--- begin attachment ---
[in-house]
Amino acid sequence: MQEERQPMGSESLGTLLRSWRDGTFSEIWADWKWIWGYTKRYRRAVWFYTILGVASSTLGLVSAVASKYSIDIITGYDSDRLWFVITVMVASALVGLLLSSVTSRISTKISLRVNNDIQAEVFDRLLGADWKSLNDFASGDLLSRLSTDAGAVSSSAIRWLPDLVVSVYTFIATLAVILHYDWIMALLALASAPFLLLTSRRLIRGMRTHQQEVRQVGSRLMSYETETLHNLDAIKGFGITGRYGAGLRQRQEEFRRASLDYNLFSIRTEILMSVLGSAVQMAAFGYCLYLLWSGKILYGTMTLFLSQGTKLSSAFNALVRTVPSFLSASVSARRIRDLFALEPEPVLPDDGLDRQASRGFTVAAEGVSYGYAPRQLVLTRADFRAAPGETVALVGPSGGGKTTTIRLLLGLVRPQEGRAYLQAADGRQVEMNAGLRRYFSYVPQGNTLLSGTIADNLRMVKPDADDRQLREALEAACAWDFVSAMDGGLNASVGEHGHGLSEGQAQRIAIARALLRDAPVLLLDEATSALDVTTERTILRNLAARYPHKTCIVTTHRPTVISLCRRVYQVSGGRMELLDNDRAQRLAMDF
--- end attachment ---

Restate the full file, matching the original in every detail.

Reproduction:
[in-house]
Amino acid sequence: MQEERQPMGSESLGTLLRSWRDGTFSEIWADWKWIWGYTKRYRRAVWFYTILGVASSTLGLVSAVASKYSIDIITGYDSDRLWFVITVMVASALVGLLLSSVTSRISTKISLRVNNDIQAEVFDRLLGADWKSLNDFASGDLLSRLSTDAGAVSSSAIRWLPDLVVSVYTFIATLAVILHYDWIMALLALASAPFLLLTSRRLIRGMRTHQQEVRQVGSRLMSYETETLHNLDAIKGFGITGRYGAGLRQRQEEFRRASLDYNLFSIRTEILMSVLGSAVQMAAFGYCLYLLWSGKILYGTMTLFLSQGTKLSSAFNALVRTVPSFLSASVSARRIRDLFALEPEPVLPDDGLDRQASRGFTVAAEGVSYGYAPRQLVLTRADFRAAPGETVALVGPSGGGKTTTIRLLLGLVRPQEGRAYLQAADGRQVEMNAGLRRYFSYVPQGNTLLSGTIADNLRMVKPDADDRQLREALEAACAWDFVSAMDGGLNASVGEHGHGLSEGQAQRIAIARALLRDAPVLLLDEATSALDVTTERTILRNLAARYPHKTCIVTTHRPTVISLCRRVYQVSGGRMELLDNDRAQRLAMDF